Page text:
Last week, I gave my tips on sleep for improved mental health. This week, I’ll be sharing my guide to stress relieving activities (other than going to the gym!)
The key to relieving stress is first identifying what kind of stress you are experiencing. The most common types of stress include: physical (lack of sleep, work), mental (anxiety, depression), and psycho-spiritual (finances, relationships). Identifying stress helps us determine what we need to do to get rid of it.
This is arguably the easiest stress to relieve because it is environmental, and you can make a choice to decrease its volume. For example, stress incurred from lack of sleep can be managed by establishing a sleep schedule. On the other hand, stress incurred from work can be managed by decreasing burnout. Ninety-seven percent of the time, work-related stress is due to burnout, whether as a result of long hours, difficult consumers, or poor interactions with coworkers and superiors. Burnout is best dealt with by taking time for yourself. Find what it is you enjoy doing, that allows you to not think about the stressors. For me, that could be coloring, creative writing, or exercising.
This is probably the hardest stress to relieve, because it is governed by your conscious AND your subconscious mind. Jason Brand gave an exceptional presentation in September about how mentality plays a role in what we do in the gym. I thought it was a great presentation for athletes, but I struggled with how to apply it to everyday life. He mentioned that your subconscious
mind is like a sticky note. Very simple and direct. But your conscious mind is like a rocket ship, very complex and vague. Jason said that your subconscious mind is capable of handling more than we think, but we often choose to listen to our conscious mind. Applying this concept to mental stress, we often get wrapped up in small tidbits of our day that cause us anxiety, or fear, or depression, or even excitement, that it overwhelms us. To manage mental stress, it is important to find a way to lis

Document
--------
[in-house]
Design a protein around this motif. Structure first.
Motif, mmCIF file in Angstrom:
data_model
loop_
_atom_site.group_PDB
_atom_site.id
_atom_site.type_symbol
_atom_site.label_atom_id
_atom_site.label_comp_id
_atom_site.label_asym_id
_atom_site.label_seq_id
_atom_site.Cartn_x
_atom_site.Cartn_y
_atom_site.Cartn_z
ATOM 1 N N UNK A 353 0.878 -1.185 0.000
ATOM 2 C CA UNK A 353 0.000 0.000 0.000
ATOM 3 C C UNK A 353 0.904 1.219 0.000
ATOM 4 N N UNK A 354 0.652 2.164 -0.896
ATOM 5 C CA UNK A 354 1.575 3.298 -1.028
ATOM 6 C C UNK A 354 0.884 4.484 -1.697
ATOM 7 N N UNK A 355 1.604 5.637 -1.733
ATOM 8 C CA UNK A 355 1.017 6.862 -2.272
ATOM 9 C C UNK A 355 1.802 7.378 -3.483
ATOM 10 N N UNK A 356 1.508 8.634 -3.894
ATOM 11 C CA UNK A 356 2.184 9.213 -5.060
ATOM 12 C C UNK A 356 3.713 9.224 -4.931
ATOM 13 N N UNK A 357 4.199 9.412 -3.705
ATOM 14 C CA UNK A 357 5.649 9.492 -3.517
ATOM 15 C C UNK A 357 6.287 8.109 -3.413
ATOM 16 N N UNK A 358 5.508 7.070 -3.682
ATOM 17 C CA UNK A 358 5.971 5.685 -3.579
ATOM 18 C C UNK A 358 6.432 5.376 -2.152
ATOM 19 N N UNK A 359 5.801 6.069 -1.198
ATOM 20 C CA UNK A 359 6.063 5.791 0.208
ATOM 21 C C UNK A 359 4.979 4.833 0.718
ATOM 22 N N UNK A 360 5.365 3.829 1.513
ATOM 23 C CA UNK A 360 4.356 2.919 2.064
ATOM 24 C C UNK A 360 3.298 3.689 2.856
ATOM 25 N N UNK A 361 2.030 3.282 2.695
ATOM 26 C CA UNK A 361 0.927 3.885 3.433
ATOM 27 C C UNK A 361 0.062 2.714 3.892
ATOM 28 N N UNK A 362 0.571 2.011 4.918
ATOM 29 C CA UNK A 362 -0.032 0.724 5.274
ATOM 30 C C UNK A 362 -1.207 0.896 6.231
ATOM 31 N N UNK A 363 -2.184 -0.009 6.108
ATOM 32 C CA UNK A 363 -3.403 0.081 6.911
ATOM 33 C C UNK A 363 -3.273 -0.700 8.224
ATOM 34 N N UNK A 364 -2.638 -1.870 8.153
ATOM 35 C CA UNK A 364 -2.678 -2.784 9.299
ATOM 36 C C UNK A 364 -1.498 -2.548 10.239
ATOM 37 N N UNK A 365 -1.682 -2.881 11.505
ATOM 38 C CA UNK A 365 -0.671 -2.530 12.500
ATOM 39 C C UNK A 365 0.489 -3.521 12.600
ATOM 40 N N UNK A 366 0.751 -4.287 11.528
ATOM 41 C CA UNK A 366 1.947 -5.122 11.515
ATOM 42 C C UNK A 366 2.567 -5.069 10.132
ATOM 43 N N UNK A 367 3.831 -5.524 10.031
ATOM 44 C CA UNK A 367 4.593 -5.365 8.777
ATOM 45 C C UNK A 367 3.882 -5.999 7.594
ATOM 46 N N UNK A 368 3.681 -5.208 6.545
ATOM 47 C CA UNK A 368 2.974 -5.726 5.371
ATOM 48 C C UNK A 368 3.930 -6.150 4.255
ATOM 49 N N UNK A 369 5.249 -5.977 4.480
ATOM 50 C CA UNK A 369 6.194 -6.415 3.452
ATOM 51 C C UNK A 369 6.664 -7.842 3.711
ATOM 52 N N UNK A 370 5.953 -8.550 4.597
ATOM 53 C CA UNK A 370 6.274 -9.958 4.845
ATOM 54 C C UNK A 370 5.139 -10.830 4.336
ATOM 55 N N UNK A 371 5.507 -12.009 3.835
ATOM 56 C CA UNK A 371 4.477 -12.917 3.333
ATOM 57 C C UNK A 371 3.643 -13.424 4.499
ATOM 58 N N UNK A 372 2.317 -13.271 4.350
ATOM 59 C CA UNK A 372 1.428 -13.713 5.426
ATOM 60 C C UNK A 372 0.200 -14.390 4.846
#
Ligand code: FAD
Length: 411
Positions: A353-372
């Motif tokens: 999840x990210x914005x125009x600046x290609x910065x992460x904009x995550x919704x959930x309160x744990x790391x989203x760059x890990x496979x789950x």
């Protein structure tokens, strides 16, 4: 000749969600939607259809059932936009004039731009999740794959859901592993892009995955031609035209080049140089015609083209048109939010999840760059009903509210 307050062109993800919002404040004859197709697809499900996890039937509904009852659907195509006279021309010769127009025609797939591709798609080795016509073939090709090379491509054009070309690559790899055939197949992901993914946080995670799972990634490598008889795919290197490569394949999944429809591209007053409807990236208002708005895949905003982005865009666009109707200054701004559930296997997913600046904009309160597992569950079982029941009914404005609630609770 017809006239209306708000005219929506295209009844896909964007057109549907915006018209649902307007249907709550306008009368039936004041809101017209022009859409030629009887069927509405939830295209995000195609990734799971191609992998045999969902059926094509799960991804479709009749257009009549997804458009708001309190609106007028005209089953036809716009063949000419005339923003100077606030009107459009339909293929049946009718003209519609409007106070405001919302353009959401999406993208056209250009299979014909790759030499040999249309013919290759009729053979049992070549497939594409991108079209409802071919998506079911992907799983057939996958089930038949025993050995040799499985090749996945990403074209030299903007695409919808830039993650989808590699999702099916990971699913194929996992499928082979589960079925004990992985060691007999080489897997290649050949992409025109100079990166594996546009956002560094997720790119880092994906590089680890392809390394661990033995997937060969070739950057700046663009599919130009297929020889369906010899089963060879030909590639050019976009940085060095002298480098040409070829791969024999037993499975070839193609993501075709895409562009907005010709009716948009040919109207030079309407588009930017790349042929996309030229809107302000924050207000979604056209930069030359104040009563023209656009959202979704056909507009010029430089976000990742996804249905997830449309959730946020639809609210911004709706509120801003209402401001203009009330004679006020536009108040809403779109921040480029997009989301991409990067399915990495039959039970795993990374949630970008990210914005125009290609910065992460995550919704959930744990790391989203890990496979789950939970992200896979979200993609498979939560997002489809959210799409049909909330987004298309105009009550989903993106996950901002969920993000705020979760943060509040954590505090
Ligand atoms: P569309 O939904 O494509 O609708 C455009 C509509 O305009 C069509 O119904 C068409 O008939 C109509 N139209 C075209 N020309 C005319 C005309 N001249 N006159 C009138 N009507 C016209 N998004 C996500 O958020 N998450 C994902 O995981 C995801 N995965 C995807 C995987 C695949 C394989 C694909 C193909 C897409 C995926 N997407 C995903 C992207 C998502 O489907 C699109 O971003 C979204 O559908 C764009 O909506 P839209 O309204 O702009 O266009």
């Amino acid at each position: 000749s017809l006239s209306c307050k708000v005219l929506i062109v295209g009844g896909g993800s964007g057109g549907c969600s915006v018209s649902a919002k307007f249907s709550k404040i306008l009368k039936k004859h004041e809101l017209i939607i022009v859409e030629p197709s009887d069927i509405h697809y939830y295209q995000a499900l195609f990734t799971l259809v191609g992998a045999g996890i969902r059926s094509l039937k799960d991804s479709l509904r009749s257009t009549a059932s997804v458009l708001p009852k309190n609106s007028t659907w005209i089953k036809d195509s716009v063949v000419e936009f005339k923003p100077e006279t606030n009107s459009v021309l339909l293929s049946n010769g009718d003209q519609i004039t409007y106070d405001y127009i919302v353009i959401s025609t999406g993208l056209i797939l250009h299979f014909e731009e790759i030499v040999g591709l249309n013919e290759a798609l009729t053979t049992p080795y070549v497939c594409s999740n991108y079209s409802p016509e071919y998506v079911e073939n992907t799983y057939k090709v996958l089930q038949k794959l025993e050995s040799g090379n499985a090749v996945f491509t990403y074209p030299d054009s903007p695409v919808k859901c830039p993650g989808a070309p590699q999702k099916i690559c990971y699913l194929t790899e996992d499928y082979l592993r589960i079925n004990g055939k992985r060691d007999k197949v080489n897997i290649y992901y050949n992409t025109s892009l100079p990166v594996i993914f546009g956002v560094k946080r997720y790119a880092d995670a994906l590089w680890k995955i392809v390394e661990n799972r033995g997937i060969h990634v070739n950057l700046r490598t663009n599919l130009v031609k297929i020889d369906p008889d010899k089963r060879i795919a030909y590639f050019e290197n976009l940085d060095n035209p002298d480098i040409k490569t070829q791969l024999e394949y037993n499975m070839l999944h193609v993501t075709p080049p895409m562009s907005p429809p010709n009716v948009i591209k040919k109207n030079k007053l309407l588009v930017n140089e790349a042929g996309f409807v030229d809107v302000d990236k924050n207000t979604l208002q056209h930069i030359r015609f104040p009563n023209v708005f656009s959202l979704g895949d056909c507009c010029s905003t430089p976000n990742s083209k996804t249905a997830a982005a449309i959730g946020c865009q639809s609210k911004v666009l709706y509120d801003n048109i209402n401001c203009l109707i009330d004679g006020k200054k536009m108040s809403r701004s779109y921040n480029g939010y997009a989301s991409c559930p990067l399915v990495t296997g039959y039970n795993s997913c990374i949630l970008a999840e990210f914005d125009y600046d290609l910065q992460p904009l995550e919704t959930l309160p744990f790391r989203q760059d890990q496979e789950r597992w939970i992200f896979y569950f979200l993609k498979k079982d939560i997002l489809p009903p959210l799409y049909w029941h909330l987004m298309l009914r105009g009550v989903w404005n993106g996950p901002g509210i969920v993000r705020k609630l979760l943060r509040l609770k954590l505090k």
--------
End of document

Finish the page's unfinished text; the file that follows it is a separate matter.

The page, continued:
ten past the conscious mind, telling you that you should be anxious. This could be in the form of a saying you keep in the back of your mind, something you say aloud to yourself, or something that an accountability partner may say to you.
This is the glittery unicorn of stresses, because it is one that we often neglect to identify the most, because it is the root of other stresses. For example, financial stress could be a root cause of depression stresses, and therefore physical stresses that arise in our sleeping habits. Likewise, relationship stress could be a root cause of anxiety stresses, and therefore work stresses. Psycho-spiritual stresses tend to link our personal and our professional lives, two things that many of us may fight hard to separate. But the fact is, most of the time we can’t speak to our professional life without speaking to our personal life, as well. Unfortunately, I d
on’t have good advice for managing this kind of stress, because I struggle with it daily. The one thing that has helped me through the haze is first learning how to listen, and then learning how to talk. Surround yourself with people who can be understanding. More importantly, lean on those people who can sometimes listen without giving advice. The challenge for this part of my series is to identify one stress in your life, and find a way to manage it. No idea where to begin? Begin with someone else, because I guarantee you that someone else is in your position. Hold each other accountable!